Graceful manliness, unfeminine maidens and erotic gods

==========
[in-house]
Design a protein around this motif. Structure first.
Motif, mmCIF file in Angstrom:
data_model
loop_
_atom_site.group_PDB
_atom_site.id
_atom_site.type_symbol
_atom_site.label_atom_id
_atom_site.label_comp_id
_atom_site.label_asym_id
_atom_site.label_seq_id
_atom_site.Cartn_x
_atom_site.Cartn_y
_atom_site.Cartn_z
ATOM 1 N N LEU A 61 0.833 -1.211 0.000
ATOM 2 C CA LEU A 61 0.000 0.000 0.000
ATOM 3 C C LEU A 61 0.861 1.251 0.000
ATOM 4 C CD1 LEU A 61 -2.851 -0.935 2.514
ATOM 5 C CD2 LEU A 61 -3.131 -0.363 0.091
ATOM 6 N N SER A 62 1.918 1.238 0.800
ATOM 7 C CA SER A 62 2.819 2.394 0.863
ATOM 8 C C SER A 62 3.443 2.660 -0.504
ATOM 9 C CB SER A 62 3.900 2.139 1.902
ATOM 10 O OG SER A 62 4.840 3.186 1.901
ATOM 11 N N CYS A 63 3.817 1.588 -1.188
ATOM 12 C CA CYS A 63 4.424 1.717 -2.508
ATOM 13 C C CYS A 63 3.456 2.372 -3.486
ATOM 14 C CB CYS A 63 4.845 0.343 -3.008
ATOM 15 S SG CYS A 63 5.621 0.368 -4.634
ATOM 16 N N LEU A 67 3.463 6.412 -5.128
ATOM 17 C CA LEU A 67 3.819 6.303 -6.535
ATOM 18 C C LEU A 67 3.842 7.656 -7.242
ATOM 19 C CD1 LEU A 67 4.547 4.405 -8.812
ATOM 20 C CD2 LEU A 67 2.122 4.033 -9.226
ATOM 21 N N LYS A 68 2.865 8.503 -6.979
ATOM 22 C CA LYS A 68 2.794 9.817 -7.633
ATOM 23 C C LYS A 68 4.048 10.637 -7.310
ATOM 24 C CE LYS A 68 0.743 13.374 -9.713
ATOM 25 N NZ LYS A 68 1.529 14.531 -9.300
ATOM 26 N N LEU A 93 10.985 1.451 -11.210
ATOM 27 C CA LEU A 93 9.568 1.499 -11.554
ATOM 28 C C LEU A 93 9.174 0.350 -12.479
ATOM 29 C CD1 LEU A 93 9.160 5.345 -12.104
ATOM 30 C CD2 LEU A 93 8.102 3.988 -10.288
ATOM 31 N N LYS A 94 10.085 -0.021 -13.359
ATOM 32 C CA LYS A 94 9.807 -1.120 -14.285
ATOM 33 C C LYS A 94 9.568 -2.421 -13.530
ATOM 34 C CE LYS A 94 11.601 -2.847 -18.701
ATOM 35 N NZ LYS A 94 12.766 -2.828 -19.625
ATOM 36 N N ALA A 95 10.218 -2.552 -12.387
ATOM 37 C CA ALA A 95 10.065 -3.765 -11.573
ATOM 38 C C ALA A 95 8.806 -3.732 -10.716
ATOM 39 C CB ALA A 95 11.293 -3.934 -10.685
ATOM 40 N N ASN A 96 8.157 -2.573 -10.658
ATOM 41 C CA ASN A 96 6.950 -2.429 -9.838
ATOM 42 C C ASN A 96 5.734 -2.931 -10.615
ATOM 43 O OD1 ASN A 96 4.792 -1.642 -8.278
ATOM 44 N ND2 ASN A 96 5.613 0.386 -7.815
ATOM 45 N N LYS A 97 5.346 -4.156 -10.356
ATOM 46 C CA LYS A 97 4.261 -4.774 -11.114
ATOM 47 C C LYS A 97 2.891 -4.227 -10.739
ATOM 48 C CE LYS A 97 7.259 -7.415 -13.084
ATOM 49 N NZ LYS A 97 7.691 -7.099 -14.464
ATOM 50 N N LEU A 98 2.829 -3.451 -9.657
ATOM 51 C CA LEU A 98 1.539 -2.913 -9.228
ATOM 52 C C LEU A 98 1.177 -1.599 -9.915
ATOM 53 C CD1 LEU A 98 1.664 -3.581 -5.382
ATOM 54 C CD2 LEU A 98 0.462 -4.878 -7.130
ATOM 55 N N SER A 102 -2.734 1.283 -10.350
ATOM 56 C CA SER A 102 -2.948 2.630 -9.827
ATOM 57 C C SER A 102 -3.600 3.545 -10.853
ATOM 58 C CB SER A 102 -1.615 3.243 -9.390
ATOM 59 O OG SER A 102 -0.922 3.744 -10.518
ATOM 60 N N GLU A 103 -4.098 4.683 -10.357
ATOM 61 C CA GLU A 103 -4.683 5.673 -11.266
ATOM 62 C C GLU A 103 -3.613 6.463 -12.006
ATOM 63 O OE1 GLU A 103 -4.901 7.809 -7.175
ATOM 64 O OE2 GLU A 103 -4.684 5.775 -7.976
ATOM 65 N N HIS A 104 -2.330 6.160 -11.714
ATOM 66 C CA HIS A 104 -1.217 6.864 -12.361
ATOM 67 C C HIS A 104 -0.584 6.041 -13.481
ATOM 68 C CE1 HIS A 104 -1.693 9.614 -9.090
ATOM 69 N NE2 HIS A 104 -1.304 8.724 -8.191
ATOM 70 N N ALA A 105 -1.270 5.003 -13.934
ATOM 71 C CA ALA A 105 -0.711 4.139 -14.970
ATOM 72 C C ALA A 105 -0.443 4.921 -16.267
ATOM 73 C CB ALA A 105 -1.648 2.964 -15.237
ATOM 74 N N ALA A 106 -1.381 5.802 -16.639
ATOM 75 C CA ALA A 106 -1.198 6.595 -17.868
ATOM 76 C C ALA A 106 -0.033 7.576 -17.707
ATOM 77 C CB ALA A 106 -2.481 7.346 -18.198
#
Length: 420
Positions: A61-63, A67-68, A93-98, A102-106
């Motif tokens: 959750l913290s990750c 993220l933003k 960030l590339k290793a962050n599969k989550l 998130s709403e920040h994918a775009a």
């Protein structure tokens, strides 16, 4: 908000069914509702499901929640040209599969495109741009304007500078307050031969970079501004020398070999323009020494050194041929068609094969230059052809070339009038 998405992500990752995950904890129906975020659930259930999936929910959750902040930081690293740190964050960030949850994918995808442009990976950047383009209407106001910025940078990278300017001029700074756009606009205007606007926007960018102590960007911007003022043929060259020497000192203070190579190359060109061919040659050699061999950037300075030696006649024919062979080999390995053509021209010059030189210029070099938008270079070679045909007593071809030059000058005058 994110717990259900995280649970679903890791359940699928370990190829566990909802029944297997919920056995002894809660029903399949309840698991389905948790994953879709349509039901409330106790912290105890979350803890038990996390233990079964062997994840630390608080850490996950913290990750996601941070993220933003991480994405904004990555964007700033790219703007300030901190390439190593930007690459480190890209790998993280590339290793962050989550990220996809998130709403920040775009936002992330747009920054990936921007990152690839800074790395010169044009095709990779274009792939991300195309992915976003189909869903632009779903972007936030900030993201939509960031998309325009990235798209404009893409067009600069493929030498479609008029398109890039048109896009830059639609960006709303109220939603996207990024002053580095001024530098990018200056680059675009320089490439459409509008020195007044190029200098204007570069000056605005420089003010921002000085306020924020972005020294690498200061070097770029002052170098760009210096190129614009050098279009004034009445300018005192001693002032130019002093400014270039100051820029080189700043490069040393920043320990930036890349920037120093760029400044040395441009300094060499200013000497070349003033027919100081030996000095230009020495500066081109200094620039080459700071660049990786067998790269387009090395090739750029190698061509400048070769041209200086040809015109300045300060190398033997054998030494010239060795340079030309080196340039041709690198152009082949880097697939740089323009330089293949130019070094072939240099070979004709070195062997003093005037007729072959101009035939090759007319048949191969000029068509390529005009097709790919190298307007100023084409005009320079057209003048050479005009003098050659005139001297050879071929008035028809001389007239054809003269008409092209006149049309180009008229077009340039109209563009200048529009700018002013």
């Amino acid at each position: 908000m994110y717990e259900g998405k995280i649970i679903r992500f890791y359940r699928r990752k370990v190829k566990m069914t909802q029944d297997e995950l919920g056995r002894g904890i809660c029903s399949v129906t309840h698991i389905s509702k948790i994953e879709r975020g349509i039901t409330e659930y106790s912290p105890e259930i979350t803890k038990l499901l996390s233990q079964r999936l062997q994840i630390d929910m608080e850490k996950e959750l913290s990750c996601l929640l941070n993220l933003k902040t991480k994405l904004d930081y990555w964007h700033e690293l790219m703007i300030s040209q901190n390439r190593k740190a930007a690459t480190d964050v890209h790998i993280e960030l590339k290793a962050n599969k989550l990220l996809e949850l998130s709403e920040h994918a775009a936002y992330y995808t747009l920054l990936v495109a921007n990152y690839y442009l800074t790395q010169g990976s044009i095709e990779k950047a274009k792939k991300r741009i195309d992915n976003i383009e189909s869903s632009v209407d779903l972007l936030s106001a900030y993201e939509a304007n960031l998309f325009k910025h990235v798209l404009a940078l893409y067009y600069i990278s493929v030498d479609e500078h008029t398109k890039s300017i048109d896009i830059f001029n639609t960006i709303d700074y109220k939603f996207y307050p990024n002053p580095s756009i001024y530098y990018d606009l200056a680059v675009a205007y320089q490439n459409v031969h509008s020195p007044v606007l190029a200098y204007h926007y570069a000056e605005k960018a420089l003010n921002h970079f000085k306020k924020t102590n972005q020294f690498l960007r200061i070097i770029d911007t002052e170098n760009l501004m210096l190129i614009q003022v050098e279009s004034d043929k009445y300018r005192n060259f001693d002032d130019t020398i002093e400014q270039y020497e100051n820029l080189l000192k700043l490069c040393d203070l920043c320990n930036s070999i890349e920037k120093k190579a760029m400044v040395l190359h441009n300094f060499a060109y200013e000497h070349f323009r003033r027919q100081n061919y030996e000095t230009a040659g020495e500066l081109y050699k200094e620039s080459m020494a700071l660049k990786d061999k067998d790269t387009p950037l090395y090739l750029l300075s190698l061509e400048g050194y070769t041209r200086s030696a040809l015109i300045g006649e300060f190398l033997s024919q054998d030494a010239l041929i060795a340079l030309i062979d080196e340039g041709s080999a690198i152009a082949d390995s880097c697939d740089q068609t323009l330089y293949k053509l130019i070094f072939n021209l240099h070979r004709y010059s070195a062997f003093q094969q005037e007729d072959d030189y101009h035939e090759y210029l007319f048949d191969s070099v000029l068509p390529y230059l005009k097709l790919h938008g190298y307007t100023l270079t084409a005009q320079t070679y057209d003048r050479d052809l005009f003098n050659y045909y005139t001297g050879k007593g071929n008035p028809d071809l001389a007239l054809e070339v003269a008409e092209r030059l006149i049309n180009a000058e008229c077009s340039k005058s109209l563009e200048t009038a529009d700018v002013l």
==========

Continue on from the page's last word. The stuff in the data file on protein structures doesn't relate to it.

Male aerial gymnasts were doing ﬂying acts by 1860 and several female performers are identiﬁable by 1868, imitating the ﬂying action of males. As early as 1862, 10-year-old Natalie Foucart on fixed trapeze, with muscles like ‘a big boy’s’, aspired to copy and outdo Léotard, the ﬁrst ﬂyer (Munby 1972: 122). The aerialists performing on the new trapeze apparatus were quick to explore the greater possibility of appearing to fly by executing strenuous physical leaps, dives and turns between combinations of trapeze bars and hanging ropes from suspended platforms. They embodied long-standing cultural aspirations for ﬂight.